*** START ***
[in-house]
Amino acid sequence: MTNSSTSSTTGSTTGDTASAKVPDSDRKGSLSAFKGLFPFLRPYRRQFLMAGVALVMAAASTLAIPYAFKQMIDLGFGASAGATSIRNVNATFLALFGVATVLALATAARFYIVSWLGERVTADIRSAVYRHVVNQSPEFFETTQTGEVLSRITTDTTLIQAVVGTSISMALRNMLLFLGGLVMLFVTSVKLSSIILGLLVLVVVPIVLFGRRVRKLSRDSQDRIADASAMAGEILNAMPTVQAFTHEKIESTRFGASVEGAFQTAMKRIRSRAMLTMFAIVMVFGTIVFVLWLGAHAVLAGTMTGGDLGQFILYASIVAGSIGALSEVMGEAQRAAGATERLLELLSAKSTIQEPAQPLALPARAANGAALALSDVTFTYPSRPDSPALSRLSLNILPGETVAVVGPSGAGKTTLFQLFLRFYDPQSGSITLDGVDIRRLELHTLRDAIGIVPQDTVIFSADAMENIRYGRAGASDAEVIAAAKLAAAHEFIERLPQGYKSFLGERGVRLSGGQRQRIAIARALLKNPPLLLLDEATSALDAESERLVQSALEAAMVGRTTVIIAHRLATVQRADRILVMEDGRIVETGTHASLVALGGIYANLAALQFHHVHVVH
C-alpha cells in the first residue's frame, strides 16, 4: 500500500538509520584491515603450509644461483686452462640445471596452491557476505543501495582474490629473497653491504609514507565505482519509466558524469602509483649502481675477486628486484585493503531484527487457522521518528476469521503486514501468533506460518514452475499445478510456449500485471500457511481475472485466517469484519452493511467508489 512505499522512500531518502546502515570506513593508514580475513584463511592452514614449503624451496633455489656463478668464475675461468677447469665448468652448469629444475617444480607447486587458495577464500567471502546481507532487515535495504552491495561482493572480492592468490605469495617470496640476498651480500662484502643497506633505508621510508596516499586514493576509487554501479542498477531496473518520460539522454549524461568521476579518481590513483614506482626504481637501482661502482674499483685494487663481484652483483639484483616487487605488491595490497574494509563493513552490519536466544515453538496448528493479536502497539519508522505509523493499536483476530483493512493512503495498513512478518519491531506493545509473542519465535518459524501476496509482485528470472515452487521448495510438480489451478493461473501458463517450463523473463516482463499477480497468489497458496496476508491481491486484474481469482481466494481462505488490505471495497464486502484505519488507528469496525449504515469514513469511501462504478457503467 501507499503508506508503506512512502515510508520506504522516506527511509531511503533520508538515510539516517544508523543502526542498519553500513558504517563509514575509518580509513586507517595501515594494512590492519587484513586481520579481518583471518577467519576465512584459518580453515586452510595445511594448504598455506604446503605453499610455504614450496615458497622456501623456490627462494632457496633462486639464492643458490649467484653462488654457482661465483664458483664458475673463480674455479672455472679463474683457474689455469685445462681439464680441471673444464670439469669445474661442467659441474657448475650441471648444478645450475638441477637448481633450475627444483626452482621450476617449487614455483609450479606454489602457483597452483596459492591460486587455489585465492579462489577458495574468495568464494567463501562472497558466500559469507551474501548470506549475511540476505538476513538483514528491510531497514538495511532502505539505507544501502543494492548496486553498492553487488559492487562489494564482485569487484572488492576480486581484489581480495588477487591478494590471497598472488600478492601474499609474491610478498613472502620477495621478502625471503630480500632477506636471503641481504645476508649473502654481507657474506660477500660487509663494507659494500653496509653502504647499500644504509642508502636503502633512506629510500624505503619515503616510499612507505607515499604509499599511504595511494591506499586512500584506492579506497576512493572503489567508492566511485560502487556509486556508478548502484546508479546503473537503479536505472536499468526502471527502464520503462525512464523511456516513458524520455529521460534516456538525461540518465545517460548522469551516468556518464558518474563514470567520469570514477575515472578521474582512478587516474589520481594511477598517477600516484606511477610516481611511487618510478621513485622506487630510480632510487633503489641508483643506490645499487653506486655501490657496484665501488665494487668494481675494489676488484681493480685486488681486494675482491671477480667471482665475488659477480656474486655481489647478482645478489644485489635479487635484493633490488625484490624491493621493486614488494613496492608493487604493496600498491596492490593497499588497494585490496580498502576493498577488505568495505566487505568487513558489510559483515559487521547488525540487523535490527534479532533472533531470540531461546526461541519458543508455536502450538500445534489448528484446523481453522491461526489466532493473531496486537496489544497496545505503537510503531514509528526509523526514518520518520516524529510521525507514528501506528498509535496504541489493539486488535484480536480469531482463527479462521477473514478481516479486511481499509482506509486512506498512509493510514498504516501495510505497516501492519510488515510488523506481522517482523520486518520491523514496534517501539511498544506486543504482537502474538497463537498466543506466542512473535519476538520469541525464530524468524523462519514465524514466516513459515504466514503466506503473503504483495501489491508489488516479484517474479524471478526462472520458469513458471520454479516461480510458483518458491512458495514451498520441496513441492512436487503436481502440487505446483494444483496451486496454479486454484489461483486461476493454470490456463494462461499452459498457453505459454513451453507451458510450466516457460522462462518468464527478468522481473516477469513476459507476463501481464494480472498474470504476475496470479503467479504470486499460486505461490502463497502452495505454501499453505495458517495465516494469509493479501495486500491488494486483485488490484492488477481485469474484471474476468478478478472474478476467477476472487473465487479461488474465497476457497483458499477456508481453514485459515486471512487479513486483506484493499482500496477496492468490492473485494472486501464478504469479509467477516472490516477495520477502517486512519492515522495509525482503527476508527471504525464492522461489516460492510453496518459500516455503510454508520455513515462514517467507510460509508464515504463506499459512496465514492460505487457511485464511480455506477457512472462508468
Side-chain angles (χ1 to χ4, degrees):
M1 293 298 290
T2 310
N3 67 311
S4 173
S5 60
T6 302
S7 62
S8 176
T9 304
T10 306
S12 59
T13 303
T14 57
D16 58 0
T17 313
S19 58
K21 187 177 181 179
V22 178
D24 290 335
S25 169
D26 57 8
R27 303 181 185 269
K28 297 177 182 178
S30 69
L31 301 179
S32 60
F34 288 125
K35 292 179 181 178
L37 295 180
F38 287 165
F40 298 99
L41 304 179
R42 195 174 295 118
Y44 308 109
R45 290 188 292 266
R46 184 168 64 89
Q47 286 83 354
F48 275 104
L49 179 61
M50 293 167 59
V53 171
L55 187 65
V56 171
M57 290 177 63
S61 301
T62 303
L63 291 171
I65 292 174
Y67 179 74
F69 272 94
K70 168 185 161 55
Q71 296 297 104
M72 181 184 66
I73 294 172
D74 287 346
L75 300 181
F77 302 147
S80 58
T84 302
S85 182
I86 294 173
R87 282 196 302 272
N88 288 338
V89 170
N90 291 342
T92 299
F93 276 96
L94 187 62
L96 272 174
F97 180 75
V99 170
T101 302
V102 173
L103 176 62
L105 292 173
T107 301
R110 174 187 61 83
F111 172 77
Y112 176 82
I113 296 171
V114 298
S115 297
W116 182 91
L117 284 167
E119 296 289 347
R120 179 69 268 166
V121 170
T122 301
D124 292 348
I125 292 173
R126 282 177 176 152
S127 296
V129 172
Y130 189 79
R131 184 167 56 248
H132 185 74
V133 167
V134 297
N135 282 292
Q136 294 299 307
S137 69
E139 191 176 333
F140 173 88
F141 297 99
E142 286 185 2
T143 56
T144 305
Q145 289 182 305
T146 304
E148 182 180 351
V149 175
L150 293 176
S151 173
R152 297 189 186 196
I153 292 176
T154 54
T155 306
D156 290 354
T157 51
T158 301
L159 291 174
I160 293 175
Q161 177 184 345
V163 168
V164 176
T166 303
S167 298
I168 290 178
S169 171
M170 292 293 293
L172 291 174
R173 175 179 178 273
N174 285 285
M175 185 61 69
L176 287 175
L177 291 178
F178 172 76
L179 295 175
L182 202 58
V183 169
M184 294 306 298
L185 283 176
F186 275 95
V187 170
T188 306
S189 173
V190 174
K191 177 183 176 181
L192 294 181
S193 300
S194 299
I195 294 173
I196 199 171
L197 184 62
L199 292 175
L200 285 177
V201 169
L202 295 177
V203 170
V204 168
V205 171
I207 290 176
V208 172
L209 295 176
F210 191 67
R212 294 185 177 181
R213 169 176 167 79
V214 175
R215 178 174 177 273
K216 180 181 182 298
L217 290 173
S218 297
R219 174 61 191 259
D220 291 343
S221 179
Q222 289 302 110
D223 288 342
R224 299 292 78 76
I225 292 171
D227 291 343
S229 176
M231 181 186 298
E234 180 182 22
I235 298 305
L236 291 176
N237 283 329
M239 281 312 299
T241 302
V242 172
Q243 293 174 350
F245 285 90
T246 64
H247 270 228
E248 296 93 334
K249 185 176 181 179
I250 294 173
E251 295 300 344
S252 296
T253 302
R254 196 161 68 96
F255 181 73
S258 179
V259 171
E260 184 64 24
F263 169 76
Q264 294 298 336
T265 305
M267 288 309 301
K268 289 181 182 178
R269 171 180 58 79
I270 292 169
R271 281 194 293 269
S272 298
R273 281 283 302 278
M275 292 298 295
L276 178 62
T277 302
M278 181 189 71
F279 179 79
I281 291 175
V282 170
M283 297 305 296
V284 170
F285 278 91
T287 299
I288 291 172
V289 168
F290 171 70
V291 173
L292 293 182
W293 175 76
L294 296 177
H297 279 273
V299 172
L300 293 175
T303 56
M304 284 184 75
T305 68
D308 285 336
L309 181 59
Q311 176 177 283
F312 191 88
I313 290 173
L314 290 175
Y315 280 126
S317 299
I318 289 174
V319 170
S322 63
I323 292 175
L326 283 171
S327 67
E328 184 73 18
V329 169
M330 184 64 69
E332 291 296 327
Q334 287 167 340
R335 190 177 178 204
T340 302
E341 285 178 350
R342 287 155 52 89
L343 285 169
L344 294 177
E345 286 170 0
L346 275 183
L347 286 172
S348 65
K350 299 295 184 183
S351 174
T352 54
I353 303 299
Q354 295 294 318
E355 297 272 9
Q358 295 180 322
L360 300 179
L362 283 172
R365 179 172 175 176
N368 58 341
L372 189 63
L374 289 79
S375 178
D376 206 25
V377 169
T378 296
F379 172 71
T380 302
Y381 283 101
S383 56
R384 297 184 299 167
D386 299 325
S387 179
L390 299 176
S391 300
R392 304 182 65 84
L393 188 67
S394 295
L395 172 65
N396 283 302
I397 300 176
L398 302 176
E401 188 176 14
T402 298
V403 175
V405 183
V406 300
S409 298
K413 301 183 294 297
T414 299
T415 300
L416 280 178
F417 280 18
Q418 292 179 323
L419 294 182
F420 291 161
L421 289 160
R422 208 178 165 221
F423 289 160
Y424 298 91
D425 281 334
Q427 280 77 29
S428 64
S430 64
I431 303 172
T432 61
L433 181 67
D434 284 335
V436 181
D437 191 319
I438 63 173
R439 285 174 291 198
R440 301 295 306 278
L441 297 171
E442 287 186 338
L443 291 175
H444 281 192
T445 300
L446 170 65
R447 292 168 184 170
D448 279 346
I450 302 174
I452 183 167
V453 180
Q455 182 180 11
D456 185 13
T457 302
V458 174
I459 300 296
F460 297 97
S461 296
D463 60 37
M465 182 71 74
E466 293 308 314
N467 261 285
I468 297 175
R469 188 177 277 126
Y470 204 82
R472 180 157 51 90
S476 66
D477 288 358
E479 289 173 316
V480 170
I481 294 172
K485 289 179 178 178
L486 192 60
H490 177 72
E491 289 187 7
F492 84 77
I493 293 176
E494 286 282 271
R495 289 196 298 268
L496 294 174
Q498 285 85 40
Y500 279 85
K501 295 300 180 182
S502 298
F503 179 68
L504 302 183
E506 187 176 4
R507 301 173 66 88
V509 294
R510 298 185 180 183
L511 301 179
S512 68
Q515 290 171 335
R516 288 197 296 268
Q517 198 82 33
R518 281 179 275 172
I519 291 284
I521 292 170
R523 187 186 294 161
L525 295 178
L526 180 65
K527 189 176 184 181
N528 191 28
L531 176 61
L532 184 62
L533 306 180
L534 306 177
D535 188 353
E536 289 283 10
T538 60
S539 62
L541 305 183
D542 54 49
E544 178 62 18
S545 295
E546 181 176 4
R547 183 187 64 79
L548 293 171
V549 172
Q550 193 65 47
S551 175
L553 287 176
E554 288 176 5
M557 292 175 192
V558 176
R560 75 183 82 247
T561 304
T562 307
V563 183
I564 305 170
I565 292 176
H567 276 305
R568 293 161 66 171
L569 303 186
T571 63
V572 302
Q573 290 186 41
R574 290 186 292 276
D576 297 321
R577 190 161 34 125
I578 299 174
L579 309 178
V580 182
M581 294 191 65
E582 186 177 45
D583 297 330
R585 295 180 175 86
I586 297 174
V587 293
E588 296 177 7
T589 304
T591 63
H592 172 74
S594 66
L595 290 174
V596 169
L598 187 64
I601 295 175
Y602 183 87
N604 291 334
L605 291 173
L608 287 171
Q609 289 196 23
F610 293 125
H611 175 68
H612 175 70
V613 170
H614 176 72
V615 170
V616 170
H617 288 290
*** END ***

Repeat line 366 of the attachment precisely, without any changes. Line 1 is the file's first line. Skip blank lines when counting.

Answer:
I481 294 172